TWO years ago the major Slovak daily newspapers all ran the same story on their front pages: a single, identical article entitled 'The Seven Sins of the Press Code'. It set out the objections of the newspapers' publishers to legislation cooked up by the government of Robert Fico, which they argued would seriously affect the freedom of the Slovak print media. The law was passed all the same, but after a four-party centre-right coalition led by Iveta Radičová replaced the Fico administration following parliamentary elections this summer the new government included a revamp of the troubled law in its official programme. Now the Press Code is about to get a makeover – but some in the media community had been hoping for rather more substantial reform.
Culture Minister Daniel Krajcer and his team have submitted a draft revision to the Press Code which, among other things, will trim the scope of public officials to use the right to reply currently defined by the law.
If it is passed – and given the Radičová government's majority, it is expected to – public officials will no longer be able to insist on a printed reply to stories about them providing these pertain to the performance of their public function. However, public officials will still enjoy a right of reply as private individuals; Krajcer says that this is in line with the Slovak Constitution.
Newspaper publishers say that Krajcer’s revision brings improvements, if not all the recommendations that they have demanded. They believe the revision will sail through parliament. Pavol Múdry of the International Press Institute (IPI) told The Slovak Spectator that Krajcer’s proposal meets the criteria of a modern European media law, while the recently elected chairman of the Slovak Syndicate of Journalists (SSN), Peter Kubínyi, opines that Krajcer’s proposal lacks the element of international review.
The culture minister says that his changes to the Press Code, which are classed as a minor revision and should come into effect as of June 1, 2011, remove shortcomings revealed by the present code’s application during the past two years. The revision will not apply to court proceedings already in progress.
“We know that although public officials and politicians claimed [at the time the code was passed] that they would not apply these rights, this simply has not happened,” Krajcer said, as quoted by SITA newswire, adding that international documents and decisions of the European Court for Human Rights define public officials' rights in this area as being lower.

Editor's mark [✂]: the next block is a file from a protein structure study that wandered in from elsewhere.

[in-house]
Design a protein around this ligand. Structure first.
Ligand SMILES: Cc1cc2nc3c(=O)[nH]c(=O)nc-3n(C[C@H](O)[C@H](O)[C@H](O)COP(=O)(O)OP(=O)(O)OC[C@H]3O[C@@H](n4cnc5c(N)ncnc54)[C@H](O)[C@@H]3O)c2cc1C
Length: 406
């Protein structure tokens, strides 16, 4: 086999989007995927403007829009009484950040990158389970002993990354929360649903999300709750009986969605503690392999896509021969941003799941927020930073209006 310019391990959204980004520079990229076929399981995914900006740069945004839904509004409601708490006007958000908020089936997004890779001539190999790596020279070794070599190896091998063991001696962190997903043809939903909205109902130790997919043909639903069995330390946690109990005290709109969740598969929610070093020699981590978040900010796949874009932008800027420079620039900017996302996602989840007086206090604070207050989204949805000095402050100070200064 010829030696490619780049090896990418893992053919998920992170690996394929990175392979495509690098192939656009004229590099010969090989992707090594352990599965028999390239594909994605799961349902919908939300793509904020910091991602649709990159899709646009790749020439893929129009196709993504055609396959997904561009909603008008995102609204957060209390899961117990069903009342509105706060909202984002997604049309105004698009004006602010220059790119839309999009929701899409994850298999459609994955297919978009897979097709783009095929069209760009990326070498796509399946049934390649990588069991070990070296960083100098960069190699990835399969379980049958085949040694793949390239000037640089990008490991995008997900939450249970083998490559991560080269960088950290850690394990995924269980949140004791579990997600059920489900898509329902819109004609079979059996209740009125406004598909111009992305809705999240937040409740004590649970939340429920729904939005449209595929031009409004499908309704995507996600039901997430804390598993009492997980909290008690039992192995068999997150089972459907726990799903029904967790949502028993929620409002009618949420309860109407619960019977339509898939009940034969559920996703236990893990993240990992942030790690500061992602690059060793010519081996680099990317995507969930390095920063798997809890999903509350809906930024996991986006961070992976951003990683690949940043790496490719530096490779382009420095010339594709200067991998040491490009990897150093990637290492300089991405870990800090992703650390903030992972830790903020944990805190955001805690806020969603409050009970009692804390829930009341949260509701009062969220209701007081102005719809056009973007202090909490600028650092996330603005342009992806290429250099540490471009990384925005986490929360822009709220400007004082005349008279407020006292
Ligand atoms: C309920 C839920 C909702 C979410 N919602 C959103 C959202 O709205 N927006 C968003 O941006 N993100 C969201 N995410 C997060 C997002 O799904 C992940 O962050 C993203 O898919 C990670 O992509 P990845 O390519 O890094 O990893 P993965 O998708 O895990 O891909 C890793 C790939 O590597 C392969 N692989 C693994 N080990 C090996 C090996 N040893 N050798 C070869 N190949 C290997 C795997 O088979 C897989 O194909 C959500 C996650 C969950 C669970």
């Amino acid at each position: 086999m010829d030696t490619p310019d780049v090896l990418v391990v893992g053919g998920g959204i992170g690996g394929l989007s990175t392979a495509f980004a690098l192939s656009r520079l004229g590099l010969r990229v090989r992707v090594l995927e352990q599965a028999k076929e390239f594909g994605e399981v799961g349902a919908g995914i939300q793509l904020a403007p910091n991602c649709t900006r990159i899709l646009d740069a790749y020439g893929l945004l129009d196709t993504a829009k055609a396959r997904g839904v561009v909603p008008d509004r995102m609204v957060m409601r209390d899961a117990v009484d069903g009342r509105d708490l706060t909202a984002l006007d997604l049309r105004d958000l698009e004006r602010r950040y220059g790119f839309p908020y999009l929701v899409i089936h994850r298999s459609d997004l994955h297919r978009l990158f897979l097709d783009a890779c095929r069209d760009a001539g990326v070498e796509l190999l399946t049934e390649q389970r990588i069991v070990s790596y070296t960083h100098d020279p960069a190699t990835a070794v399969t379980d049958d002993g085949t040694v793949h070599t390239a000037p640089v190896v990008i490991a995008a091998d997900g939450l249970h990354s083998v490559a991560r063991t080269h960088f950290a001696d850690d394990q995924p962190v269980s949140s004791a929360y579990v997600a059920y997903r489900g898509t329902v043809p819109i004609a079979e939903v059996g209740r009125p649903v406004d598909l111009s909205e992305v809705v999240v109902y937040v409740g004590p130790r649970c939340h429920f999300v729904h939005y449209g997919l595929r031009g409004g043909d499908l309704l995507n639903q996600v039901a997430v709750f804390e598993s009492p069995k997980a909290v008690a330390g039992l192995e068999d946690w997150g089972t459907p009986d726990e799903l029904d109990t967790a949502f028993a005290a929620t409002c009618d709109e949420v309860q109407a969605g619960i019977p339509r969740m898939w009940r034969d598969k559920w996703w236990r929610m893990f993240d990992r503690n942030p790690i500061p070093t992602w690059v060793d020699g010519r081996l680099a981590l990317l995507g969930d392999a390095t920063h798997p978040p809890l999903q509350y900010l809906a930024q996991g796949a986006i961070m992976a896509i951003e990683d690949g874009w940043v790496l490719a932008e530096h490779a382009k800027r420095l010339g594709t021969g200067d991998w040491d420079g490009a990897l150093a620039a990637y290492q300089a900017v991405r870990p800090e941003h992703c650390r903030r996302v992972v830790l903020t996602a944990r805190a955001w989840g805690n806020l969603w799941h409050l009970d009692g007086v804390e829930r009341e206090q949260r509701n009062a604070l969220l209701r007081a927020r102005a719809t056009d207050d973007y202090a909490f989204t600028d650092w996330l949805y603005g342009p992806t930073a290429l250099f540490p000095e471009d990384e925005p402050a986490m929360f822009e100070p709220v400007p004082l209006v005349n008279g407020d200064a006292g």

According to Krajcer, every politician and public official freely decides whether to enter politics or public life and by accepting such roles they should be aware that their rights are diminished compared to those of regular citizens.
“Another problem is the one area that is not directly linked to this legislation; and these are unfortunately the decisions of courts,” Krajcer said, adding that courts were, in some cases, very quick to impose some very high penalties.
Included in the amendment is one change that means publishers and newswires will not be responsible for the content of information provided to them by public bodies as well as constitutional officials. At the same time, they would no longer be held responsible for the veracity of information published in the corrections, replies or additional announcements they are required to make under the terms of the Press Code.
The draft also removes publishers' duty to print in the first issue of each periodical a statement declaring its ownership structure, because this already happens as part of the registration process; at the same time it drops the sanctions related to registration that were introduced in the previous code, SITA wrote.
Krajcer’s draft also drops fines for failing to publish corrections, replies or additional statements and offers better definitions of when it is possible to request publication of a reply: in the case of false, incomplete allegations, or ones that distort the truth; where stories damage the reputation, dignity or privacy of individuals or the name or good reputation of a legal entity.